How to Create a Budget For Your Child Care Center
Whether we’re talking about your personal life or your business, budgeting is a critically important financial skill. Although budgets aren’t everyone’s favorite, they are essential to ensure you can afford the things you need, and prevent leaking money to things you don’t.
Creating a budget not only gives you a sense of control over profit margins by reigning in spending and tracking revenue vs expenses but it will also set you up for growth and help you plan for potential emergencies as you continue to grow your business.
Although we all know budgeting saves money and relieves financial stress, many business owners are so intimidated that they don’t ever start one. The best time to build a budget is when you are creating your business plan but the second best time is to build one today! Today I’ll help you start or improve your budget by walking you through a simplified budget process which follows these five steps.
1. Calculate your Revenue
Start by determining your total monthly revenue. To determine gross revenue, add up all the ways your center brings in money. This includes things like tuition, fees, snacks, grants, rental income, or any other money that is coming into your center. If you use child care software like Sandbox this can be found effortlessly by running a revenue report.
The great part of a child care center is that revenue is more predictable than many other businesses. You can find an average after calculating a few months or just take a reasonable month as your sample revenue. Just keep in mind that this number will change depending on enrollment numbers and other changes.
2. Determine Monthly Costs
The next step is to determine your monthly expenses. These are things like payroll, building mortgage or rent, electricity, internet, taxes, snacks or meals, childcare supplies, licensing costs, and insurance. As you work through this you may notice that there are some fixed costs like rent, and others that are more variable like utilities or taxes. Try to find a monthly average that is somewhere between your highest and lowest months so that it averages out over the year.
3. Determine Profit & Loss
If you completed the first two steps this section should be pretty easy. Just take your gross revenue and subtract your total costs. Any money left over is your profit for the month. This profit will give you cushion in your budget and help you when it comes to more variable expenses, or when deciding whether to increase staff compensation. Of course if you don’t have any money left, or your gross revenue is smaller than your costs, it’s time to re-evaluate where your money is going and plan to get profitable as soon as you can!
If you have yet to make a profit with your center don’t sweat it, you’ll get there! It can take up to three years to get your center to a place where you are bringing in monthly profits. That said, if you’re not profitable, you will want to budget carefully and avoid high interest costs by securing lower interest childcare financing if necessary.
4. Create an Emergency Fund
One of the most important parts of budgeting is being prepared for unexpected emergencies. The last thing you need during a crisis is a bill you can’t afford. Set aside a monthly budget for emergencies that accumulates over time. This budget can be used for any unexpected costs that come up, new procedures or costs in unprecedented times, or even for upgrades or one-time purchases if it becomes overfunded after a while. This will help eliminate avoidable financial stress when surprises come your way (and they will).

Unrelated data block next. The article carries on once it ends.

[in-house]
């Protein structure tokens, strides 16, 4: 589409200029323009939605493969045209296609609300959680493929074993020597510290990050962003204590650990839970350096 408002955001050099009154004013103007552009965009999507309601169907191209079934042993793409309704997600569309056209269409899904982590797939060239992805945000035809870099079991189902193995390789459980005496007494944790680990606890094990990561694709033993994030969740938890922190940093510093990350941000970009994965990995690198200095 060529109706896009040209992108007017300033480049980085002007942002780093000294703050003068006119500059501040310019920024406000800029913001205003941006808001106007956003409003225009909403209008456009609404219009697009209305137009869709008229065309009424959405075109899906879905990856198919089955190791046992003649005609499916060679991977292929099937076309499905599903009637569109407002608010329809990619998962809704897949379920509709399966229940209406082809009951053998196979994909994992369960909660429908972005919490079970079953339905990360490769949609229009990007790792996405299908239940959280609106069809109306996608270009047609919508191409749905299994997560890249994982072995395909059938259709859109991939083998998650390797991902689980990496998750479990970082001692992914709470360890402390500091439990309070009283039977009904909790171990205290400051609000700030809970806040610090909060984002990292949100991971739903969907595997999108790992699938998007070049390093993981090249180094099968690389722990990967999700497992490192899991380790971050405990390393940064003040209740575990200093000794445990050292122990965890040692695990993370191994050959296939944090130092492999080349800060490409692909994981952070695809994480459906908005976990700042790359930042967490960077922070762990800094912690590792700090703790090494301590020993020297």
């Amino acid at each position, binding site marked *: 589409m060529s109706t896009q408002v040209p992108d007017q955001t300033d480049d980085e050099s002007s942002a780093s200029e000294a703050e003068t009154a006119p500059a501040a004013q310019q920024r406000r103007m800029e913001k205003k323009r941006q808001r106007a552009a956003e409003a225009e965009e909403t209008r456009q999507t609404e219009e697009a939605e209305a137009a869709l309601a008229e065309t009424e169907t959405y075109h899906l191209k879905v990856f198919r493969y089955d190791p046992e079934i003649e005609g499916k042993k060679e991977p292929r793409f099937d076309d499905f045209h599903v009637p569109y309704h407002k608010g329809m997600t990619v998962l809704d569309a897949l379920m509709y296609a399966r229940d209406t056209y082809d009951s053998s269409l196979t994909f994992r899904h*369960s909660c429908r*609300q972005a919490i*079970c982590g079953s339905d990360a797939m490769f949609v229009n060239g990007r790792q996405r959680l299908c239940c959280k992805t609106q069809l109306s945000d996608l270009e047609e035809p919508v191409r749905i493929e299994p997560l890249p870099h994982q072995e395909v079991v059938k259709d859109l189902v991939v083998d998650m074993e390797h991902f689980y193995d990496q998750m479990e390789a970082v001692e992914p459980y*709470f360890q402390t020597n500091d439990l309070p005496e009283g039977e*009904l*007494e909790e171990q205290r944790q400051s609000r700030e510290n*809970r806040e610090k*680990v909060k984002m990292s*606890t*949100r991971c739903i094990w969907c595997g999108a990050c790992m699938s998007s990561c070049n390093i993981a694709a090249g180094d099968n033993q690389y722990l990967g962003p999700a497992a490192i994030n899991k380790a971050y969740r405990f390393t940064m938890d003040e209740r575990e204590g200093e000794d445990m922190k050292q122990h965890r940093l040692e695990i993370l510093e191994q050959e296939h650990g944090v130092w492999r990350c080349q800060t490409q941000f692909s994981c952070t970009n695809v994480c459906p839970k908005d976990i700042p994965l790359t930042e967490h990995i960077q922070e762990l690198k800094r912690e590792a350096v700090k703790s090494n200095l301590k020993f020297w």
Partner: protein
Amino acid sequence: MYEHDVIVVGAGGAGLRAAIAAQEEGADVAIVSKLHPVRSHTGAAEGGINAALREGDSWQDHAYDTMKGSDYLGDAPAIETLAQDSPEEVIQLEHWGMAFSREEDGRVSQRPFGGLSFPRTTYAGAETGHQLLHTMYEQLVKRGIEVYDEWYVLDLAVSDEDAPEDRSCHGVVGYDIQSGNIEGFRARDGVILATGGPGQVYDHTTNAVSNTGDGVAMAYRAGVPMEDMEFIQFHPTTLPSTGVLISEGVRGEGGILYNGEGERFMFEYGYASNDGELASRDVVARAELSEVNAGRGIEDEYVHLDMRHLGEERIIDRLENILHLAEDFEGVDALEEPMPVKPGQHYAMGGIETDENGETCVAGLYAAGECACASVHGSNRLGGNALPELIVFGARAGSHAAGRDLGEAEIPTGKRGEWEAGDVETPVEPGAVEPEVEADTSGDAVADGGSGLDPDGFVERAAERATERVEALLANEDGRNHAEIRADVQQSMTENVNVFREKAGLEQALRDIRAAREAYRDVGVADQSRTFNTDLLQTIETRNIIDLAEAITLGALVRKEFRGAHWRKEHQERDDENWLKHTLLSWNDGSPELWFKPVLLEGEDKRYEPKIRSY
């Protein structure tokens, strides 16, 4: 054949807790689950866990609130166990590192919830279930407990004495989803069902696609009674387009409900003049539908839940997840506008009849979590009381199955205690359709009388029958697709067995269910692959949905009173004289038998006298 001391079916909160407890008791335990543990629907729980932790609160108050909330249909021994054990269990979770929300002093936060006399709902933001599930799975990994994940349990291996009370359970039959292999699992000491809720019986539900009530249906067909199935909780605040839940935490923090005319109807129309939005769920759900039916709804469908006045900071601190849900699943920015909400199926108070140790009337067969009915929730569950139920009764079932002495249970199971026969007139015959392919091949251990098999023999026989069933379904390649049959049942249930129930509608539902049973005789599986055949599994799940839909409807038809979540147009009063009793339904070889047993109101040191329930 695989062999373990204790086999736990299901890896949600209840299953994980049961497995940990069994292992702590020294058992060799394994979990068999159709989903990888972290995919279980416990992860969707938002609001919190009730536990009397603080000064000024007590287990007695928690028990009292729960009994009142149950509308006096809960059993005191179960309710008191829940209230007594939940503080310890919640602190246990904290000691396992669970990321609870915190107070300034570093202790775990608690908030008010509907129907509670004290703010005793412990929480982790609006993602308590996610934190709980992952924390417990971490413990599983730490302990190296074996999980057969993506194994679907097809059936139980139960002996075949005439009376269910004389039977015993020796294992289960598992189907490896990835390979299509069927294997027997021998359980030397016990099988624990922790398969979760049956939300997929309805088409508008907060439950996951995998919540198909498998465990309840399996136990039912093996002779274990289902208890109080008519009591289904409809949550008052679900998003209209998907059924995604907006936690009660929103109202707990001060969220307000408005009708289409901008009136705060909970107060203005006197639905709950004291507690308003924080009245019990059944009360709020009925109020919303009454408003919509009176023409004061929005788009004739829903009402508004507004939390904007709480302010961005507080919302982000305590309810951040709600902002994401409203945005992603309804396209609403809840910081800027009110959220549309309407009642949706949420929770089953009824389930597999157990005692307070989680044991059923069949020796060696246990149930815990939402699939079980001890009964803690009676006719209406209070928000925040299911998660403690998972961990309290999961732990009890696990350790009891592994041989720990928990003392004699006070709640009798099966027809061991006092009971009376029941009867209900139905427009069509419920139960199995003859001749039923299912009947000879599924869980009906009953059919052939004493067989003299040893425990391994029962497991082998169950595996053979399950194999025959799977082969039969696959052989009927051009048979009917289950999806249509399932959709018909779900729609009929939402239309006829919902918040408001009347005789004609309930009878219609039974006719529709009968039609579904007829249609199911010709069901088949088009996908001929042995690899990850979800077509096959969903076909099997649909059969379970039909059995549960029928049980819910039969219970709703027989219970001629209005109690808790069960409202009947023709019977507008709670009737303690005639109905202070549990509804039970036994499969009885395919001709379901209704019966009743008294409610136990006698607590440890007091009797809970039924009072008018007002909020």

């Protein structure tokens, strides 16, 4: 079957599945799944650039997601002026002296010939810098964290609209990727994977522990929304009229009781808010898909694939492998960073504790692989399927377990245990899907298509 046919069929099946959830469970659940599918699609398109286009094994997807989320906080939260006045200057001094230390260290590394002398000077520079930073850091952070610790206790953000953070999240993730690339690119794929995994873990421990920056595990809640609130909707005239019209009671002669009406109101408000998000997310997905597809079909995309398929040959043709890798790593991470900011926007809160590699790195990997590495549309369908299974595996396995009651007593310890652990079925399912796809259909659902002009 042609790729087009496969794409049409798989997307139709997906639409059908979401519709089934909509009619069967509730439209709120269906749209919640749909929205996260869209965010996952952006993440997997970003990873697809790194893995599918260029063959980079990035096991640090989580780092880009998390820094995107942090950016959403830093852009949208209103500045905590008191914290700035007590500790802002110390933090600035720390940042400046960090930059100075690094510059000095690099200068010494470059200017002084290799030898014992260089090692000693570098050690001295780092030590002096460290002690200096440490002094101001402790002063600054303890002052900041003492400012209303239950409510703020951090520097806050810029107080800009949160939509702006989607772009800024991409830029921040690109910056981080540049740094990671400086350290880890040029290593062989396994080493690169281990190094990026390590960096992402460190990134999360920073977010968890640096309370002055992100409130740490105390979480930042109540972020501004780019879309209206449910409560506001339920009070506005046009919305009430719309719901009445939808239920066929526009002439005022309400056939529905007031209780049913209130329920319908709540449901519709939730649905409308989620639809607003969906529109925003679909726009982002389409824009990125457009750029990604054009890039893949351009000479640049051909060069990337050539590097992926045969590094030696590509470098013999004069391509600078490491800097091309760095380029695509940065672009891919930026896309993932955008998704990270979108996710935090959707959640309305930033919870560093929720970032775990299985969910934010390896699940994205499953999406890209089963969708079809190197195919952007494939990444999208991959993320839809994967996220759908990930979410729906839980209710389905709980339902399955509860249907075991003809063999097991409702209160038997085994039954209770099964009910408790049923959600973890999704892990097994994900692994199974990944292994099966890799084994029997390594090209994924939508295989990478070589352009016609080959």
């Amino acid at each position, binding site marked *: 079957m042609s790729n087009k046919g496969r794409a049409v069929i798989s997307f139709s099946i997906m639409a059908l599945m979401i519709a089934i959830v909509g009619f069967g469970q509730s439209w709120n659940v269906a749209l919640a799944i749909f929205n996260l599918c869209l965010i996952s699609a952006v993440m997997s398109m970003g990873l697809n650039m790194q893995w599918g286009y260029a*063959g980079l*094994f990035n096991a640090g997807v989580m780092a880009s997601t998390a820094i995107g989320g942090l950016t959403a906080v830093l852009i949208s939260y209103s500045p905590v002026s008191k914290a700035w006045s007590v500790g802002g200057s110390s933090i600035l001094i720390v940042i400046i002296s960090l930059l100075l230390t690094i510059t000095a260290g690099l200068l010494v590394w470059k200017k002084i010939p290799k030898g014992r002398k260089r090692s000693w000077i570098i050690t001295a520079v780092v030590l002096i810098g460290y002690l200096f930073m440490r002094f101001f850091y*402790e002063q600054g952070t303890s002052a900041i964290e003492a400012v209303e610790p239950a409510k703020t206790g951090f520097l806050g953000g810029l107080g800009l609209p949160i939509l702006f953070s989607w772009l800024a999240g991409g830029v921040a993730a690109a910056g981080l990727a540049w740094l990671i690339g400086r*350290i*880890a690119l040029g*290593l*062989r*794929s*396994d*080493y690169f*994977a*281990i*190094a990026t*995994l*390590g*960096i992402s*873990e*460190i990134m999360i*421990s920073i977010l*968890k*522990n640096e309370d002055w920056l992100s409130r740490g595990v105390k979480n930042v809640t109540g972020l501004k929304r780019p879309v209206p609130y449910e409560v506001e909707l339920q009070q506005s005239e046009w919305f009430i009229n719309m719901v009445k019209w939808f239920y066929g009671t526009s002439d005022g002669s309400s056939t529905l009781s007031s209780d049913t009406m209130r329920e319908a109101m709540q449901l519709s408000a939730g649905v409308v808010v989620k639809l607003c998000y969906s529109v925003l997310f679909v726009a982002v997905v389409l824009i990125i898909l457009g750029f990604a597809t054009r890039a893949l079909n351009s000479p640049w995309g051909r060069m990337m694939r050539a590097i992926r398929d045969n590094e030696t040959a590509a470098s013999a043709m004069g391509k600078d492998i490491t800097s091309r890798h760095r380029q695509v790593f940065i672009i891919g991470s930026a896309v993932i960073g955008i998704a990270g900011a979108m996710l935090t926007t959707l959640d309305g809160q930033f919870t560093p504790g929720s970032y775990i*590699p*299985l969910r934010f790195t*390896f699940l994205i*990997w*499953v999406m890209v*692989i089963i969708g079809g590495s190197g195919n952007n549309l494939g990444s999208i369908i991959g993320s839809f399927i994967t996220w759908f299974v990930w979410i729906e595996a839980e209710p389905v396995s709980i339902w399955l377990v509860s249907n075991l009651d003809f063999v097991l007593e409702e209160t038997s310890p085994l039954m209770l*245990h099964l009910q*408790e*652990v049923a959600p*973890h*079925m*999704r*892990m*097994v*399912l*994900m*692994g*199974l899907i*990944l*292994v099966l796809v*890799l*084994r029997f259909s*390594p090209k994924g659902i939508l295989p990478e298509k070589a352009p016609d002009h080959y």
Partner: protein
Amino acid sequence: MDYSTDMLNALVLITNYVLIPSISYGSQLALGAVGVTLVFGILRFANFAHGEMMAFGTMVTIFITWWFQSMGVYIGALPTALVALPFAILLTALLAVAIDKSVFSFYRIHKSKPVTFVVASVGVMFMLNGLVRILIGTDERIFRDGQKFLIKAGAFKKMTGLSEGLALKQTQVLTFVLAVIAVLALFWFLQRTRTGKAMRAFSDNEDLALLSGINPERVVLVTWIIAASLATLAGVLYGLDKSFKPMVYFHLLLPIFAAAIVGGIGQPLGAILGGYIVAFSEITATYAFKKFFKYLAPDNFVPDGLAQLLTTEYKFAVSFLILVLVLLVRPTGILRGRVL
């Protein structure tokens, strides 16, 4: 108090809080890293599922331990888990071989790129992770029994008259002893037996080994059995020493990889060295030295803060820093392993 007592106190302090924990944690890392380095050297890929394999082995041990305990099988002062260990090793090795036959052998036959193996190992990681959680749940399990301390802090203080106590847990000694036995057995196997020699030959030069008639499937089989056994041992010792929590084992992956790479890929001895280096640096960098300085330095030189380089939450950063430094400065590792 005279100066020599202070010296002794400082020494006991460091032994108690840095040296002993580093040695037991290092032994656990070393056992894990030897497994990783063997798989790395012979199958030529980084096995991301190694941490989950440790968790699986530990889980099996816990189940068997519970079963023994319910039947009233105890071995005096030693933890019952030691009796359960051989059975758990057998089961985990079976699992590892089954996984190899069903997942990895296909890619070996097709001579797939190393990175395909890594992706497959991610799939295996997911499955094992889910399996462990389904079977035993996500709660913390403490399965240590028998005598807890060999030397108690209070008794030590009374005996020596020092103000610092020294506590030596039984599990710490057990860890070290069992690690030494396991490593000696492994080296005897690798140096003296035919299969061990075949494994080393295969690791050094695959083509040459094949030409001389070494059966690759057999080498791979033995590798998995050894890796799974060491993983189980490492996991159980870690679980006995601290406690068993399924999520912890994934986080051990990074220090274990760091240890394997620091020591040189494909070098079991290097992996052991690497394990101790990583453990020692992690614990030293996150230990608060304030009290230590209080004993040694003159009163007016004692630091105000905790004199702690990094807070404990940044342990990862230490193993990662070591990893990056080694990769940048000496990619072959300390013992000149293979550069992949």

I suggest starting with at least $5,000, with the goal of raising the fund to $10,000 as quickly as possible. Of course the size of your emergency fund may differ significantly depending on the size and structure of your business.
5. Fill out your Budget
Once you have an idea of your gross revenue, total expenses, profit margins, and have set up an emergency fund, it is time to fill out the rest of your budget. Use the numbers from the past year to project a year ahead. This will give you an idea of where your center is headed and how your profits will grow overtime. If you plan any enrollment expansions you can include this in your budget as well. Budgets will vary based on your business model, location, and other factors but feel free to browse the web for sample budgets or other examples to help guide you.
As you are working through your yearly childcare budget consider seasonal trends as well. Does enrollment go up or down in the winter or summer? Are you closed for summer break? When do you accept deposits for the next school year? Do you have seasonal costs for supplies or utilities that will need to be planned for? You will want to keep all of these things in mind as you fill out your budget so that you can plan for the future as accurately as possible.
Daycare and Childcare are increasingly popular choices for busy parents and can be very profitable. That said, they can also have high costs due to licensing requirements, high labor costs, and other location-specific factors. This makes having a budget and forecasting the future a huge part of owning and managing your own child care center. In order to optimize your profits it is critical to plan ahead, stick to a monthly budget, and cut unnecessary costs wherever possible.
As I said earlier, the best time to make a budget is when you are creating your business plan but the second best time is right now, so get started on your budget today and take control of your childcare finances!